They still take walks together and still goof around a bit when they do.
Their bickering is more cute bantering, about “When’re you going to take the (Xmas) decorations down?” “When’re YOU gonna take them down?”
“Kid” is his term of endearment for her. “EED-jet” (idiot) is hers for him.
Theirs is the very picture of contented domesticity, of “Ordinary Love.”
But that love could be all on the surface. When any couple faces one of those “ultimate tests,” the fault lines show. Lucky for us this domestic melodrama has Liam Neeson and Lesley Manville to act all that out for it.
It’s a film that begins with lives that have a suburban Northern Ireland intimacy to them — meals, wine, always together. We start to wonder, “Is she retired? Is he?” We see a young woman’s photo in several rooms. Off at school?
Even the “alarm bell” moment has a light, lived-in feel.
“Feel my left breast.”
“Just the one?”
Yes, Joan has felt a lump. Yes, they — emphasis on THEY — need to have it checked out. What follows is standard-issue couple-coping-with-cancer “Lifetime Original Movie” fodder.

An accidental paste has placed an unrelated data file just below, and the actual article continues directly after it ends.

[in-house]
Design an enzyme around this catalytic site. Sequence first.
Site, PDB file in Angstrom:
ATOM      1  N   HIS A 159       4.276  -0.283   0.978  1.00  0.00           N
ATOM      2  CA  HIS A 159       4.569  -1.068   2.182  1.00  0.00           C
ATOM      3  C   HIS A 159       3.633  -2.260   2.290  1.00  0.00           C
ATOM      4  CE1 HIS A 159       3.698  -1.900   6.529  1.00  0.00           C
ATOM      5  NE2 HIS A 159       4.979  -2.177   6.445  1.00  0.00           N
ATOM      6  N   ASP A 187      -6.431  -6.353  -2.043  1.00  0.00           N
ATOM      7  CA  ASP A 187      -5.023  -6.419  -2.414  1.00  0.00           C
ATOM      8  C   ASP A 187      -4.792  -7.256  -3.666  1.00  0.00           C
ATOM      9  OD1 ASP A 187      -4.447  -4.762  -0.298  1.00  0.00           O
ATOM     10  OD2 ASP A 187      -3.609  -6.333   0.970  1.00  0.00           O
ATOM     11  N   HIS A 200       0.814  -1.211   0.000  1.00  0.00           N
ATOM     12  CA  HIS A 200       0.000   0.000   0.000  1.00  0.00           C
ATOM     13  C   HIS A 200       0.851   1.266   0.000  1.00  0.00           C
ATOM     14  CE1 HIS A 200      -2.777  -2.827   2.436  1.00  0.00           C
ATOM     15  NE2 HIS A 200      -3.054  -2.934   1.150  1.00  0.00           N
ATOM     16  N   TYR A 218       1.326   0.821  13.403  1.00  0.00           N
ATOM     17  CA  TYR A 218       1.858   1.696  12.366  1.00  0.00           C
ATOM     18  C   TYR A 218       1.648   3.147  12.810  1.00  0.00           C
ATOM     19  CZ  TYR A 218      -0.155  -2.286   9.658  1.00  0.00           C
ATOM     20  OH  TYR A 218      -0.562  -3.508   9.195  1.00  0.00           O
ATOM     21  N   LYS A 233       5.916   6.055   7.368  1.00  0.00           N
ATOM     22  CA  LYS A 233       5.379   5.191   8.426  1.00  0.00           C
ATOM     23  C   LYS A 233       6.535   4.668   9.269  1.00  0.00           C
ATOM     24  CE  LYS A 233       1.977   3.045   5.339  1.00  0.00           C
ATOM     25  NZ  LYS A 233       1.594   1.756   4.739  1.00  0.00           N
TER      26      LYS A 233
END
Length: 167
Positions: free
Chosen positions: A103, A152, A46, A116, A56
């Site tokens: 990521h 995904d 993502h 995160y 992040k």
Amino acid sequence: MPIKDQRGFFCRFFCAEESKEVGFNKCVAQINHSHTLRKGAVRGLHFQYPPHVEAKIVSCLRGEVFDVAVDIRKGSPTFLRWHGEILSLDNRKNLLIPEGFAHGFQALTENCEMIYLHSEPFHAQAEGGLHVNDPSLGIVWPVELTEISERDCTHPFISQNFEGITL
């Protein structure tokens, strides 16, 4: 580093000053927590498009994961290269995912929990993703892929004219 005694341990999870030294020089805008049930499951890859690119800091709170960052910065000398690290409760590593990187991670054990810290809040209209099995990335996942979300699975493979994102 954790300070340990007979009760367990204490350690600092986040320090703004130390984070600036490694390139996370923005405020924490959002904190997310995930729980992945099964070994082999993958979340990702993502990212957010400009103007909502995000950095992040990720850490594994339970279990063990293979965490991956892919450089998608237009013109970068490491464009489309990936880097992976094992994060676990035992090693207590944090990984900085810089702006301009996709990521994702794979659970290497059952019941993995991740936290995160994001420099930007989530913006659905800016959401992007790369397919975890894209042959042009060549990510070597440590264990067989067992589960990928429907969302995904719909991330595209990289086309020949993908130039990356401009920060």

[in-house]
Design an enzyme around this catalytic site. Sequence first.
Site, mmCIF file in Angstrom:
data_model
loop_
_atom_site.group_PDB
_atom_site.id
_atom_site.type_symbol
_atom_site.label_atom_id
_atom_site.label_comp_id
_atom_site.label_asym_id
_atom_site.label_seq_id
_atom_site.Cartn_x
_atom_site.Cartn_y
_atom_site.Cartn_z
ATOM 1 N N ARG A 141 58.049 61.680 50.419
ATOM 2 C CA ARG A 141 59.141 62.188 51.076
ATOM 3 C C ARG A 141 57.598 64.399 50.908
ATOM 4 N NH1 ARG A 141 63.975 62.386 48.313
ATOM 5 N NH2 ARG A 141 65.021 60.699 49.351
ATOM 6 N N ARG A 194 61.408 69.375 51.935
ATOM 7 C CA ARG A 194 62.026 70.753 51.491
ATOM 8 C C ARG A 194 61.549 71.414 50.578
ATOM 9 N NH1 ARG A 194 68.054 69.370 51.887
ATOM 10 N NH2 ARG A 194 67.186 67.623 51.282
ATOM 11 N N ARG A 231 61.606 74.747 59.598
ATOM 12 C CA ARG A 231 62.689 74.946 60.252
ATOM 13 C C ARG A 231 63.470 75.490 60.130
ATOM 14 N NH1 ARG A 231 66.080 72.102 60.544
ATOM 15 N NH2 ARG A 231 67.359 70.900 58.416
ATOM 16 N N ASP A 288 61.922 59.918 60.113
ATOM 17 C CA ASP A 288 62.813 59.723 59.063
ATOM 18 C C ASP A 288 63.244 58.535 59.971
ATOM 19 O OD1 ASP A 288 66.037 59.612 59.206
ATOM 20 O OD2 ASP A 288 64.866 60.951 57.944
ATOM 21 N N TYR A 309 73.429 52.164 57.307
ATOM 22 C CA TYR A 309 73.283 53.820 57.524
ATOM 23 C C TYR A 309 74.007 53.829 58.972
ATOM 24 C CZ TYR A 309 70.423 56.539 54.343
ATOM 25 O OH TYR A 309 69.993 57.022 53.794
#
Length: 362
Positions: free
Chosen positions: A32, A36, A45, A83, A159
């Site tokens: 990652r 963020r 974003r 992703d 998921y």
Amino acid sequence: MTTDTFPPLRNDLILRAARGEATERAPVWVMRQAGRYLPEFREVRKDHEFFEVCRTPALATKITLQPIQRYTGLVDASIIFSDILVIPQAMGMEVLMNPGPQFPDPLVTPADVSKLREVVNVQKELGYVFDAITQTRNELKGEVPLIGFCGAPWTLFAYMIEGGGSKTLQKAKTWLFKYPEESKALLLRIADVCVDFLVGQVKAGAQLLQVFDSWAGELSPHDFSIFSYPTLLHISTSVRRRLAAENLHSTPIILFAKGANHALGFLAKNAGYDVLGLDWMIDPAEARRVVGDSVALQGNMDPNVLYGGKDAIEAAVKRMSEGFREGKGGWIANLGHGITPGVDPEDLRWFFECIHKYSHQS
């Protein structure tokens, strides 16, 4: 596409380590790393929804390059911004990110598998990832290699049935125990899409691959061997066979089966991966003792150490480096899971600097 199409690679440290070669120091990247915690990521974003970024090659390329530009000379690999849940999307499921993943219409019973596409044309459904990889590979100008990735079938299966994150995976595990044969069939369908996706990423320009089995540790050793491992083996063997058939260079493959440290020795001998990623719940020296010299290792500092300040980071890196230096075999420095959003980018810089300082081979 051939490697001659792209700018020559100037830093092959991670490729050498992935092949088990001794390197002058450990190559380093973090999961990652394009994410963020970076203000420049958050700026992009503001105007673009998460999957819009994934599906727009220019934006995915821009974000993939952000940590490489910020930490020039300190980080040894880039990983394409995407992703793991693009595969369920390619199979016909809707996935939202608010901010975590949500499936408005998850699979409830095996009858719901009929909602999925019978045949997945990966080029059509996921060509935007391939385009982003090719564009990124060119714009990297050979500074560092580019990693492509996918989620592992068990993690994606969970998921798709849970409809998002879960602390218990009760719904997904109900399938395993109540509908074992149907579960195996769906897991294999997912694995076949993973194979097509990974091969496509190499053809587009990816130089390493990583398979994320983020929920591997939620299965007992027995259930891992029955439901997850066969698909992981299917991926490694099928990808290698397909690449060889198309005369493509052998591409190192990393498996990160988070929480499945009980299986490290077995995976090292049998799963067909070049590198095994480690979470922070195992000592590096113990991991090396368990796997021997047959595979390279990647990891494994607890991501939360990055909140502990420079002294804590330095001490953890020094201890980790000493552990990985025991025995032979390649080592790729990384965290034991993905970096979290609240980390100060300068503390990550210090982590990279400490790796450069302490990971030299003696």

Except that it’s a little more than that. The “reveals” may be less revealing than they expected them to be, the heated arguments feel a trifle contrived.
But two wonderful players put this over with warmth, worry and honesty.
American viewers of this Northern Ireland/UK production may be struck, as I was, at the way directors Lisa Barros D’Sa and Glenn Leyburn put the “social” in socialized medicine.
This depiction of National Health Service treatment is both honest — there’s a shared “prep for mammogram” room that gives the feeling this system is built for efficiency, not privacy — and touching.
Women ask each other about their procedures, joke and comfort one another. Men that Tom (Neeson) runs into at the hospital sing its praises to put him at ease.
There’s a kindness and community here that implies a support system that extends beyond family, when you leave the bottom-line-terror that the insurance industry brings to the equation.
Manville (“Maleficent,” “Mr/ Turner”) has an earthiness that throws the performance’s no-holds-barred scenes into sharp relief.
And Neeson, freed from the straight-jacket that too many action films have slapped on him, gives Tom a stoic, crusty vulnerability that comes out in every line, post-diagnosis.
“How d’you say to someone, ‘Don’t die?'”
Not a lot of new ground is covered here, and not every viewer will embrace the “socialized medicine” subtext that pops up. But “Ordinary Love” quietly celebrates a committed marriage with physical and emotional pain, fear, pity and self-pity testing it.
Maybe that’s because they never have to worry about insurance coverage.
MPAA Rating: R for brief sexuality/nudity.
Cast: Liam Neeson, Lesley Manville, David Wilmot, Amit Shah.
Credits: Directed by Lisa Barros D’Sa and Glenn Leyburn, script by Owen McCaffrey. A Bleecker Street release.
Running time: 1:32